EVERYBODY KNOWS THERE IS SUFFERING. We pretend that it is not, but pretensions are pretensions. Only very stupid people can pretend for long. The more intelligent you are, the sooner the recognition comes that life is fleeting, it is just a soap-bubble. And that too full of suffering! Have you not suffered? But what keeps you alive then? If life is such a suffering, why don’t you collapse? Why do you go on and on? What keeps you going on? Hope.
The hope is there like the horizon waiting ahead. It says, “Up to now life has been suffering, but that has not to be the case for ever. Tomorrow things will be better. With this woman you are suffering; with another woman things will be better. With this job you are not happy; with another job you will be happy. With this rotten car you are feeling miserable, but there are beautiful cars; you can have a better one. With this much money, of course, how can one be happy? But money can be earned.” Just being nobody you are feeling that life has no meaning — become somebody and life will start giving meaning and colour. These hopes go on and on pulling you, somehow keeping you together. Hope is the glue that keeps you together: otherwise, you will fall into pieces.
And what I am saying is not speculation. Just look into your life and you will see the truth of it. What is keeping you together? It is not life that is keeping you together; life has been hitting you hard from every nook and corner — from every direction life is hammering you. It is hope. Hope functions like a buffer. The shocks of life are absorbed by hope, and one goes on living and waiting for the tomorrow. And the tomorrow never comes. And whatsoever comes is never that which you had been hoping for. You go on thinking that everybody else is happy EXCEPT YOU — and that is the situation of everybody else too. They think you are happy. It is a mutual deception. The grass is always greener on the other side of the hedge. And so is the case with your neighbour too: he thinks the grass is greener in your lawn.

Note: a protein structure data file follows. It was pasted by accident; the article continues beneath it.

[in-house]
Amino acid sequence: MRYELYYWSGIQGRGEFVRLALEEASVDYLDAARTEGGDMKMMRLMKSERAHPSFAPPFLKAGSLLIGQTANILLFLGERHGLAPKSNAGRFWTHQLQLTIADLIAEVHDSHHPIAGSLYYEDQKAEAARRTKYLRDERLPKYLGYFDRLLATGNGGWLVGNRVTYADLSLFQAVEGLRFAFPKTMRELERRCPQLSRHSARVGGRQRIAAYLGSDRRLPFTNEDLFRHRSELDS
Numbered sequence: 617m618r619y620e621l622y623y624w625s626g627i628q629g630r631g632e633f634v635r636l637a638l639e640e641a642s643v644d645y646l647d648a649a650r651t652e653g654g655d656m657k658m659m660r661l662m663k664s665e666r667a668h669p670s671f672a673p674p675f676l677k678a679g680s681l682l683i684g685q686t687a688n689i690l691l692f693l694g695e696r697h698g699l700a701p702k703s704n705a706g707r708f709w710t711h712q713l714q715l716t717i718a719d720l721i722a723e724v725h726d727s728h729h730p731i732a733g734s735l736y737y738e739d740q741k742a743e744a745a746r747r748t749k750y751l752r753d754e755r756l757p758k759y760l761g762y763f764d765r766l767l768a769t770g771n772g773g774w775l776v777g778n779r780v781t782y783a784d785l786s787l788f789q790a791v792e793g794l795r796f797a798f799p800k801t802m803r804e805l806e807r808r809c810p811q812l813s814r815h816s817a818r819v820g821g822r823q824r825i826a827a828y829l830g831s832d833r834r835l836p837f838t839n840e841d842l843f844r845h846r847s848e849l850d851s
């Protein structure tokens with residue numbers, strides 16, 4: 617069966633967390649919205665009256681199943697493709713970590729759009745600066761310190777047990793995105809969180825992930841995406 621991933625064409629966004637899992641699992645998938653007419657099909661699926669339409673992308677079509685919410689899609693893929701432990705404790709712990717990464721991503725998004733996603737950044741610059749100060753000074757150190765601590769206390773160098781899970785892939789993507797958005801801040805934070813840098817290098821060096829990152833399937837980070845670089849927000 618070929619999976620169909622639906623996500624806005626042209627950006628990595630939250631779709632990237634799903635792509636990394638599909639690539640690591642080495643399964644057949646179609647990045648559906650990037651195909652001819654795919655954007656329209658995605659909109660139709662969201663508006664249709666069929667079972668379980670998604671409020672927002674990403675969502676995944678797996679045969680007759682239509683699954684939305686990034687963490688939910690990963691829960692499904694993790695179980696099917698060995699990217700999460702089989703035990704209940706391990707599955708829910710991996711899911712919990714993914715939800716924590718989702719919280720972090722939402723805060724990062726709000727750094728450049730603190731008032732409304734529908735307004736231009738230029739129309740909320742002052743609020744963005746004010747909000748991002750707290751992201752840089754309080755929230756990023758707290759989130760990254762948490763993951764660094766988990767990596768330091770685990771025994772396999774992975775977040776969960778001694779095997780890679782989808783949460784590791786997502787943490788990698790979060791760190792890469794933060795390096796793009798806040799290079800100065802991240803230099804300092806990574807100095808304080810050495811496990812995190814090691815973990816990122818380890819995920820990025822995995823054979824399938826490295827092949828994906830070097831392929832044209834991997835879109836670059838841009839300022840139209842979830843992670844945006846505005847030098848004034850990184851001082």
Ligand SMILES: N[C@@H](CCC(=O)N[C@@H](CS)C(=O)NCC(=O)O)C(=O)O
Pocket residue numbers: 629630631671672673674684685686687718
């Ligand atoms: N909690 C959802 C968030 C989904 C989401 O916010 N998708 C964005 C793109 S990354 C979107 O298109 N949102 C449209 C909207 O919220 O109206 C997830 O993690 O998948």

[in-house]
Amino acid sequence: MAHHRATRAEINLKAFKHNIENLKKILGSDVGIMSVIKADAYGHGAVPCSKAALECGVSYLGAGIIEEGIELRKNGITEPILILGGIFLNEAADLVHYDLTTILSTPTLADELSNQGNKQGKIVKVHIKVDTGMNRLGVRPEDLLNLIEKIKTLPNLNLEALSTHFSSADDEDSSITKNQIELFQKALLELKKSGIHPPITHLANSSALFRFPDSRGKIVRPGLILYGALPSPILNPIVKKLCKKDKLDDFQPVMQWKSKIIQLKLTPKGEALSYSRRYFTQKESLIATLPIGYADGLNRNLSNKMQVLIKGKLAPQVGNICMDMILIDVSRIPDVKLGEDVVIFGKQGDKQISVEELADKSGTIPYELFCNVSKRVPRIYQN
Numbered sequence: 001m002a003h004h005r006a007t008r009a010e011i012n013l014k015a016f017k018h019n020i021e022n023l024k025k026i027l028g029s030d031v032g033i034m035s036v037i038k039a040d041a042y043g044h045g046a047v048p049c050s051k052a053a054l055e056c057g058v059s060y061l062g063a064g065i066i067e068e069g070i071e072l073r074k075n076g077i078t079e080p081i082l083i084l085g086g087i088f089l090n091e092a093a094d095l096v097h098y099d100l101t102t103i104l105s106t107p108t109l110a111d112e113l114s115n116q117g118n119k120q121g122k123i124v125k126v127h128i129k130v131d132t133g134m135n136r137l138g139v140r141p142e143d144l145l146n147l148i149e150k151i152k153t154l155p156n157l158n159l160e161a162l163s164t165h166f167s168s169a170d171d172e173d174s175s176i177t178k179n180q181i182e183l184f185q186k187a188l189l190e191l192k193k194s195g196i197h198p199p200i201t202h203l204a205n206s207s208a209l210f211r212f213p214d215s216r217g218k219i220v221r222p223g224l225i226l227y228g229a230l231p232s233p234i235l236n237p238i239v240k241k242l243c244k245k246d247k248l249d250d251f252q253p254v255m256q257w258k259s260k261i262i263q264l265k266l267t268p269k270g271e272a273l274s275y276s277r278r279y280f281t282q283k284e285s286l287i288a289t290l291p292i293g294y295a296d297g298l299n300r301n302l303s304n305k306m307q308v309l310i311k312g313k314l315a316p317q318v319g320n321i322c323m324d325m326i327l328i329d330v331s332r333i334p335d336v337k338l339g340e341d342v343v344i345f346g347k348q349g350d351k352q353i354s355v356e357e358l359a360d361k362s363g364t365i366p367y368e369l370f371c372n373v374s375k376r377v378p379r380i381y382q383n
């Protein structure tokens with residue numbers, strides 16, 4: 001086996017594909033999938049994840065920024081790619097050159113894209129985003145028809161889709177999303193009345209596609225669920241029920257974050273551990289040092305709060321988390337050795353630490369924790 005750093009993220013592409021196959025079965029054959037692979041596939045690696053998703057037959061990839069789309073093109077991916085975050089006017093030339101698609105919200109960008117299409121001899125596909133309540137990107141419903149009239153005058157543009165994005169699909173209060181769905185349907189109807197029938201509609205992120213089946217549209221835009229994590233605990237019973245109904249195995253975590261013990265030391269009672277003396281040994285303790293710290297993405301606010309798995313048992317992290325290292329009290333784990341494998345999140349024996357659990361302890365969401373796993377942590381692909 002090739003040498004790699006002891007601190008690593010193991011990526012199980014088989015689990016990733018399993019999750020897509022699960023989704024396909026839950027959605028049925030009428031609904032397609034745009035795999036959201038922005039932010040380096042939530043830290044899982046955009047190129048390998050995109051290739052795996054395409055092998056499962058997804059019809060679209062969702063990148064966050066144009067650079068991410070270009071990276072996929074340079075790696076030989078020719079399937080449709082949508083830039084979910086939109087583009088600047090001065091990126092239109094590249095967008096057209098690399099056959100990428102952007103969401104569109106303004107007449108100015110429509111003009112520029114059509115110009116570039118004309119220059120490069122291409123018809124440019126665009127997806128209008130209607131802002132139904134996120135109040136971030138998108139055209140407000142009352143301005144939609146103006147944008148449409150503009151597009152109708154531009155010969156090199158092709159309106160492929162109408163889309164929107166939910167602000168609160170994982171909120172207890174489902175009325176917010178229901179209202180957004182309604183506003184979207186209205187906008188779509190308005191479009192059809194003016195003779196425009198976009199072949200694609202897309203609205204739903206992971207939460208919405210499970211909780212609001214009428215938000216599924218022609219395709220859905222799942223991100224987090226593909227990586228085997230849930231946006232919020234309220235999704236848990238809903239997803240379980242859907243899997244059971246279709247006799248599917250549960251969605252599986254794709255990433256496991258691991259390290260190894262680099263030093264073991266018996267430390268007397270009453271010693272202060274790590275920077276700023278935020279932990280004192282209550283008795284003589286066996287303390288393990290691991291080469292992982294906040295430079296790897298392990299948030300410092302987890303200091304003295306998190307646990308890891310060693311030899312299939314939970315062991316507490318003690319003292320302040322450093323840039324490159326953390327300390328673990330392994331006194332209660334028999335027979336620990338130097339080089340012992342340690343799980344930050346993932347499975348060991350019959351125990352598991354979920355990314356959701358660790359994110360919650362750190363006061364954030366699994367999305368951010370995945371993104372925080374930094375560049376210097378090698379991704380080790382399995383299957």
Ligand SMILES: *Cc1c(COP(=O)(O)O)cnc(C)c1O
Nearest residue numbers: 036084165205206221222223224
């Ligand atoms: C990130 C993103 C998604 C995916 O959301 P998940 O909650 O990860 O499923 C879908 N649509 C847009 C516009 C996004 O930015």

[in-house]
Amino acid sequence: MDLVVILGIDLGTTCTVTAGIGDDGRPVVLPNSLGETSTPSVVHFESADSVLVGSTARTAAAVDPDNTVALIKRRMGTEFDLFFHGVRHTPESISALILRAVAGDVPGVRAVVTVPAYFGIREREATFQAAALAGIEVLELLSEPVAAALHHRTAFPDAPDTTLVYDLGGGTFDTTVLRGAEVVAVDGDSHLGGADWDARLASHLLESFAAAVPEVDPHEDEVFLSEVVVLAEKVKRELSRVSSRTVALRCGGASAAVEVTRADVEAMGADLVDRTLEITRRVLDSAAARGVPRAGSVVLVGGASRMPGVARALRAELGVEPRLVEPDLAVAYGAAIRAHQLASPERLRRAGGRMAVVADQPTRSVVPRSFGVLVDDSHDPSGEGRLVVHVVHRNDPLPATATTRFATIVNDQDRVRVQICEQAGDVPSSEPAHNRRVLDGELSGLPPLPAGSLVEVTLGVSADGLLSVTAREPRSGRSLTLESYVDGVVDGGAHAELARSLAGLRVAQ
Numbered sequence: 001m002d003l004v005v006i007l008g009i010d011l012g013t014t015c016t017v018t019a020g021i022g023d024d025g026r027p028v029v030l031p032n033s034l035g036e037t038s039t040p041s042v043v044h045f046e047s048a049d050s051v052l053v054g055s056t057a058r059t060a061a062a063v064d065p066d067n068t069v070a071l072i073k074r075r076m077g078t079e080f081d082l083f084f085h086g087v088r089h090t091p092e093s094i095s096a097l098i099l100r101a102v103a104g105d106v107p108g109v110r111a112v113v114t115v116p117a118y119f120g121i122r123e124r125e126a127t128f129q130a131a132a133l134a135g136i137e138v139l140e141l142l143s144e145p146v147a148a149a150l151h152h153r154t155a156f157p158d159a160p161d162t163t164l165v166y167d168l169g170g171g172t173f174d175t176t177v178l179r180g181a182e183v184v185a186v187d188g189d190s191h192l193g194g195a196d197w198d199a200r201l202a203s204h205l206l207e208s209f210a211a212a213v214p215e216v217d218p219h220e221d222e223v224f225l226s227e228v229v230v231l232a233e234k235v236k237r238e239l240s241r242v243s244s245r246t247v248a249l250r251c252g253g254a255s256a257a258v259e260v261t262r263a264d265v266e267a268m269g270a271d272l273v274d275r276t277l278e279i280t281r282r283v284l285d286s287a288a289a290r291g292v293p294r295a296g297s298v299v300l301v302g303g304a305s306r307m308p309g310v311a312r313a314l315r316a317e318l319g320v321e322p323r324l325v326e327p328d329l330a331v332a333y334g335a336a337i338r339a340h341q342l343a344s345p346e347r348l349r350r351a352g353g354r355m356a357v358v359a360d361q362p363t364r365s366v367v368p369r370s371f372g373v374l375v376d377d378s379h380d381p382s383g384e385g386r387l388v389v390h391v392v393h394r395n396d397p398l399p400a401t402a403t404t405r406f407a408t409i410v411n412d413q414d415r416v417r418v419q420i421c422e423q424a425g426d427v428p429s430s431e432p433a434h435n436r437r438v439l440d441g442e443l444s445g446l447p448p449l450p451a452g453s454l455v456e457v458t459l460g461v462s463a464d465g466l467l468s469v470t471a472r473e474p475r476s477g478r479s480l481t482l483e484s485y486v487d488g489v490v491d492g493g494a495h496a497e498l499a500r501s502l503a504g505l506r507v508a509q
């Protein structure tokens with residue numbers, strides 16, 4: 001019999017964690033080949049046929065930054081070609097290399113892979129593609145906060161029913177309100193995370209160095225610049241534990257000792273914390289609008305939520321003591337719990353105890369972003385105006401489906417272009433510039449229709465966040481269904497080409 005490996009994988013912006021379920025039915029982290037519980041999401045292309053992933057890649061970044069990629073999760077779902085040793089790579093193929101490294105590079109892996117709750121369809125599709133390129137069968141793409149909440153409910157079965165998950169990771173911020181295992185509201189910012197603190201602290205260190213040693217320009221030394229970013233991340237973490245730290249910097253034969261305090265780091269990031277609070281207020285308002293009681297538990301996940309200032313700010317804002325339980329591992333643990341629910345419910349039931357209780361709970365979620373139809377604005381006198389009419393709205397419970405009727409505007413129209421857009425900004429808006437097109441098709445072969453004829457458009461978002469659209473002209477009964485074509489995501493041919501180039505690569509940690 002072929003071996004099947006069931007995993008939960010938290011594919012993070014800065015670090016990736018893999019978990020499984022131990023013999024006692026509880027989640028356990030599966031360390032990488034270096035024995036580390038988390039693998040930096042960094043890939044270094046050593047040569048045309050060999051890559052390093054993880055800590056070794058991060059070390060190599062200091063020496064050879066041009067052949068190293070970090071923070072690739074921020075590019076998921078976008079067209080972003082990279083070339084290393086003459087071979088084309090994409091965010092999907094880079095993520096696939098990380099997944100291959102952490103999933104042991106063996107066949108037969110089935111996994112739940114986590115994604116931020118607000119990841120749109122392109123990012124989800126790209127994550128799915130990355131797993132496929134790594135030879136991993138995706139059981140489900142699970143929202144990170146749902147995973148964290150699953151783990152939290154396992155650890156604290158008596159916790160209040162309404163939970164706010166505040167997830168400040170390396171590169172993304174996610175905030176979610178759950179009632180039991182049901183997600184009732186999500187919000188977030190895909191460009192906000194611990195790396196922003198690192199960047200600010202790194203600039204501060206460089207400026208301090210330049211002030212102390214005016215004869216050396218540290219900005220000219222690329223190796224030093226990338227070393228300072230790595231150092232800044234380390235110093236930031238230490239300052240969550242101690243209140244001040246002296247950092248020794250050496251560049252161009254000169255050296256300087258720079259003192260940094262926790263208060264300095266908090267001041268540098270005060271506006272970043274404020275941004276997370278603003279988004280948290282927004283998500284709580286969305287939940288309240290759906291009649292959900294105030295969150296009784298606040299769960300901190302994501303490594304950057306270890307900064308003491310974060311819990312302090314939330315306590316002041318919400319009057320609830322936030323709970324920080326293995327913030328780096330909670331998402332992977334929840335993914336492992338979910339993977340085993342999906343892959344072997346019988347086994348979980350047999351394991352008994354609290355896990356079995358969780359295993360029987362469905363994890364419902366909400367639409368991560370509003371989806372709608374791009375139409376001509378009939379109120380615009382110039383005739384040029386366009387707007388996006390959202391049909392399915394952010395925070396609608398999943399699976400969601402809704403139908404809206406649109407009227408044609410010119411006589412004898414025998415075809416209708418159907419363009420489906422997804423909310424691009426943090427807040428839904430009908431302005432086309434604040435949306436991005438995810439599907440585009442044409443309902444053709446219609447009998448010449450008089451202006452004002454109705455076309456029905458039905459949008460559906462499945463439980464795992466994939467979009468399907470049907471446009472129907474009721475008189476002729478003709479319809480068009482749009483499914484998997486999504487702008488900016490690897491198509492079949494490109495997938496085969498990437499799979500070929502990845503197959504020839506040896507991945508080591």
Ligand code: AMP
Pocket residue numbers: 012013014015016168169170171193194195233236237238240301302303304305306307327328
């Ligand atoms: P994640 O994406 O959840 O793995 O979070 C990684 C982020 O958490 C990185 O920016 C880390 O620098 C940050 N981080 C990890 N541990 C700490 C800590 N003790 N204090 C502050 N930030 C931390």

People go on pretending to others that they are happy. They have to, otherwise it will be so impossible to live a single moment. Deep down they are suffering and they are full of tears, and on the surface they go on maintaining a smile. But that smile becomes a poisonous phenomenon. You see everybody else smile and you see everybody so happy that you think, “Only I am suffering. If I do a little more work, if I work a little harder, if I become a little more aggressive in my ambitions, I will reach. Look! — others have reached. Somebody has become the prime minister, somebody has become the president — I can also work it out. I still have life left.” This is the whole game that goes on.
Somebody asked George Bernard Shaw, “What is politics?
And George Bernard Shaw said, “The king of the mountain game. One kid gets atop a big pile of dirt and the others try to displace him — that’s politics.”
The one who has reached somewhere pretends that he has attained. Nothing has been attained. But now he has to save his face too, otherwise people will say, “Then what have you been doing? If nothing has been attained by becoming the president of a country and you have devoted your whole life for it, how stupid you have been!” So when a person becomes the president of a country, he goes on smiling, and he goes on pretending that whatsoever he wanted he has achieved. This is just a face-saving device. Deep down he knows all has failed; deep down he knows now there is no hope. But what is the point of saying it to people? — because they will laugh and they will think you are stupid. And they will think, “Your whole life you worked for this position, for this power, and now you have arrived and you say, you have attained nothing — so your whole life has been a wastage?”